Hector Noesi Got Squeezed and I Have Proof

For a lot of obvious reasons I’m rooting for Hector Noesi. He’s essentially the replacement for Michael Pineda, first off, and I think that he’s got really good stuff and deserves a spot in the Mariners rotation, and probably would slot in as my fifth best starting pitcher in the organization presently behind Felix and the big trio.

So on Monday I was tremendously excited to see Noesi, and Noesi flopped. Yu Darvish also flopped, and after the game I made a mental note to look at the Pitch F/X from Texas Leaguers after the game when it was published.

I thought that Noesi got squeezed. If you don’t know what that means and don’t want to sift through what figured to be an enormous amount of sick and perverted definitions on Urban Dictionary, I’ll tell you. When a pitcher is squeezed it means that he is throwing pitches that should be called strikes, but are called balls.

I don’t think that Noesi had great command on Monday, but I felt like he deserved more calls than he got. So here’s the proof:

I count at least nine pitches that were great pitches on the corner that were called balls. At least two more are questionable depending on how Pitch F/X defines their strikezone. So let’s say for the sake of argument that 10 pitches that Noesi threw should have been called strikes but were not. That’s a pretty large amount.

When you consider that Noesi threw 85 total pitches, it may not seem like so much, but when you view the pitches he threw that weren’t swung at, it begins to tell a different story. Of the 45 pitches Noesi threw that weren’t swung at, 10 were called balls that should have been called strikes.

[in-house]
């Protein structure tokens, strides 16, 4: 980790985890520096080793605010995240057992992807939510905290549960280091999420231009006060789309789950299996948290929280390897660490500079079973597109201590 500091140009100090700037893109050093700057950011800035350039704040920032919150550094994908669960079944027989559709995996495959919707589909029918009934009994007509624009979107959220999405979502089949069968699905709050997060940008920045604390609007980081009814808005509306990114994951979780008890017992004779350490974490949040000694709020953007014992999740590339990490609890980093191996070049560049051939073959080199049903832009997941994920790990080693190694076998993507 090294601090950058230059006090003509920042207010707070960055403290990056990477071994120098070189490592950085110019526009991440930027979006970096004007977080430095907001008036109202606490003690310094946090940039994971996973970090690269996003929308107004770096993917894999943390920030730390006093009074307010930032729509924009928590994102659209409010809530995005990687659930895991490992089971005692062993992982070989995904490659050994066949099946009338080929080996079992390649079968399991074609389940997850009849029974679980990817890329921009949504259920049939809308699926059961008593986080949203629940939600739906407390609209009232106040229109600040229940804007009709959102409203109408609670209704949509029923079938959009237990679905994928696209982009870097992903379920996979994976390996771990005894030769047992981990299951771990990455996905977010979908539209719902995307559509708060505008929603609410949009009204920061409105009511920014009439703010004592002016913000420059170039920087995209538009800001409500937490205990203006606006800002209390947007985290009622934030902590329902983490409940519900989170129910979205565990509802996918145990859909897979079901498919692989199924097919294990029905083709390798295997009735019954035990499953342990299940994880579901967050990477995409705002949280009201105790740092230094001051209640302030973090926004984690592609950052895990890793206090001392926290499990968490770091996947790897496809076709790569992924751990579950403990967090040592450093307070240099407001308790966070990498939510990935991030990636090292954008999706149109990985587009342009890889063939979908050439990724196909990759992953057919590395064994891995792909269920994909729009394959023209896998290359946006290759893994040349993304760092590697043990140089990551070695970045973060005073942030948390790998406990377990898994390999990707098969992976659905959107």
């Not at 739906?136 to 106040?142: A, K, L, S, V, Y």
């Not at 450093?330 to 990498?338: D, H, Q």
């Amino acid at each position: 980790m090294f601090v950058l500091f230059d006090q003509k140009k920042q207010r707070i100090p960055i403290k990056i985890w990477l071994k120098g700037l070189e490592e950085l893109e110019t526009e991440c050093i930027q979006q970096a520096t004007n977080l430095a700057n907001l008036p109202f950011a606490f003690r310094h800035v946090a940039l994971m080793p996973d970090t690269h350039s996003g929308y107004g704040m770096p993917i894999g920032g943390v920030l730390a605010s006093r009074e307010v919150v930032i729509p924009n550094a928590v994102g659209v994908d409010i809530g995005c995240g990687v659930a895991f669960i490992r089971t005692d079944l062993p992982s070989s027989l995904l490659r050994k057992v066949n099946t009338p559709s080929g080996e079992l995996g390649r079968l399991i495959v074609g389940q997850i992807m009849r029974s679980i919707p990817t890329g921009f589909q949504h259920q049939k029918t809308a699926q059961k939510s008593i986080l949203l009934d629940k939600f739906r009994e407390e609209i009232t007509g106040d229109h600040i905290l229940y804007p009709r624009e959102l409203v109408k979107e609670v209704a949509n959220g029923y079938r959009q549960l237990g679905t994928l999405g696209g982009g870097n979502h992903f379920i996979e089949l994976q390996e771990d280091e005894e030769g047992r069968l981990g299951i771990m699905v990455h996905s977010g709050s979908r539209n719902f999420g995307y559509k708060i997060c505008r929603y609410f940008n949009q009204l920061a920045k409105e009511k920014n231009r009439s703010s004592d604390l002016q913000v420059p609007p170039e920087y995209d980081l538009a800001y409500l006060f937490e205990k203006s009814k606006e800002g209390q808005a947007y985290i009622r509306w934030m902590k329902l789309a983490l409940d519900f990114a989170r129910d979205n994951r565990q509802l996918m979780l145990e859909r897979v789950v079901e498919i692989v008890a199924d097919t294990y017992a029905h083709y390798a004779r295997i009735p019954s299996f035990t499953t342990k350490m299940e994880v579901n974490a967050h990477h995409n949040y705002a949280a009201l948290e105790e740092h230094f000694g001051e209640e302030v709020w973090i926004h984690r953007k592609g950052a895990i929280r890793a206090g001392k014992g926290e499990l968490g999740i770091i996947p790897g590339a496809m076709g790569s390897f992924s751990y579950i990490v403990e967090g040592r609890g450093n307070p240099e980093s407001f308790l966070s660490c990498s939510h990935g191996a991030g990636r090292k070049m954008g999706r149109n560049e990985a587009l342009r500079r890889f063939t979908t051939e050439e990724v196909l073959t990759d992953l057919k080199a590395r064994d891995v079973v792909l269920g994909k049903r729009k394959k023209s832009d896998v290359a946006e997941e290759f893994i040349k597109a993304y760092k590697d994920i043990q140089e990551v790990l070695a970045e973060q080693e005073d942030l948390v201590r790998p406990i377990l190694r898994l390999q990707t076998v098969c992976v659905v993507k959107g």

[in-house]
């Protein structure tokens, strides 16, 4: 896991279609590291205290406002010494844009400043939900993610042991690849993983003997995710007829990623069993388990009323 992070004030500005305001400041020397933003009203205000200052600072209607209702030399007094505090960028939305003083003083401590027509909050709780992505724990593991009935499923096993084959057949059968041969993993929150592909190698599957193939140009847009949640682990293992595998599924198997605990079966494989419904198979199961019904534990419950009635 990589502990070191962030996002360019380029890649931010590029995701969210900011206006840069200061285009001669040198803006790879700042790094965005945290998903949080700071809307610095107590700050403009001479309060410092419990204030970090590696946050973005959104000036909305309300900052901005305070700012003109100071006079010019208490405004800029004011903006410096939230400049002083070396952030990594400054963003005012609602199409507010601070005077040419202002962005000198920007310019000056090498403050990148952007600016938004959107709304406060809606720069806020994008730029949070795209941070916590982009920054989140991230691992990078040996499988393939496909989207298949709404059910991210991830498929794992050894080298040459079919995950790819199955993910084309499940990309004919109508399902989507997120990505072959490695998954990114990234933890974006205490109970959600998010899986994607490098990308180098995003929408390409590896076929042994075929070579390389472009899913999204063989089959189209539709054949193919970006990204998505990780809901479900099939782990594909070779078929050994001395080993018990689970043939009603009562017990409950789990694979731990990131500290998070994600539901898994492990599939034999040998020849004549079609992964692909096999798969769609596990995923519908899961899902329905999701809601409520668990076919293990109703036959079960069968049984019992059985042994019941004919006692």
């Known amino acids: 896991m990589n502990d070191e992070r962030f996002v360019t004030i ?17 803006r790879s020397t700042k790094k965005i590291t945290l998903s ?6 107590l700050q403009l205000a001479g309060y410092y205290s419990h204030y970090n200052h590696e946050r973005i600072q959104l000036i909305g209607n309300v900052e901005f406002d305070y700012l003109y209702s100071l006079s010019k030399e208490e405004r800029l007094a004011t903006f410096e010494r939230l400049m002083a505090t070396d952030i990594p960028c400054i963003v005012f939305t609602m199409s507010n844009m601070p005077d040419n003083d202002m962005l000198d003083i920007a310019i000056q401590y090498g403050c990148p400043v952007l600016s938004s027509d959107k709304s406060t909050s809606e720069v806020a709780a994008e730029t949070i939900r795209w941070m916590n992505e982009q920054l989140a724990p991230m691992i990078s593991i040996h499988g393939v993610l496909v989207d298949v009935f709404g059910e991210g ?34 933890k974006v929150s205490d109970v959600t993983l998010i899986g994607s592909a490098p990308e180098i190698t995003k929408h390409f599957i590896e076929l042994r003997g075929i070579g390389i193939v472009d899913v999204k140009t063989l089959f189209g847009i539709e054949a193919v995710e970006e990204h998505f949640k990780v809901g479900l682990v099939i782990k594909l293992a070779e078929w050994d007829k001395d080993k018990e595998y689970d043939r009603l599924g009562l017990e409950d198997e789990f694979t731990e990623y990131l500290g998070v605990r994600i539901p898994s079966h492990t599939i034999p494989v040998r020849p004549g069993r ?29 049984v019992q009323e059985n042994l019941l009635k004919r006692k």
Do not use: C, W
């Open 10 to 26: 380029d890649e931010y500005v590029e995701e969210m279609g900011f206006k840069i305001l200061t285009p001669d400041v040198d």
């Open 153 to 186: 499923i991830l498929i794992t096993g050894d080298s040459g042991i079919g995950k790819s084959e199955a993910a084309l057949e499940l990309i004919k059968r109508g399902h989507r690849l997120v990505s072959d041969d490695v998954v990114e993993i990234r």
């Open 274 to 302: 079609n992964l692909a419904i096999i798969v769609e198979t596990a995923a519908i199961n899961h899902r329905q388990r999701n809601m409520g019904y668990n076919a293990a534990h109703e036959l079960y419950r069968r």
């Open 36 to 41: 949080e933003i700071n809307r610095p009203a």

Three of those instances came with two strikes. So literally on three occasions the umpire call snatched a strikeout out of the jaws of a ball in play or a walk.

How much different may Noesi’s night be if he’s given three additional strikeouts? Maybe less walks. Maybe he’s not in as many fastball counts and maybe he doesn’t give up one of the two homeruns he gave up. There’s a lot of what ifs that go into an article like this. And while it may seem like an excuse, it’s actually 10 excuses.

If Hector Noesi got those 10 strike calls, he’d have thrown 60 strikes in 85 pitches. Or two more strikes than Blake Beavan threw in three more pitches. Noesi would have out-striked a strike-throwing machine.

Hector Noesi got squeezed. He didn’t pitch great, he missed only seven bats and maybe he didn’t “earn” those strike calls because he happens to have been asshole enough to be born later than many more established players. Hector Noesi remains an intriguing starter though, and deserves a legitimate shot at keeping the role.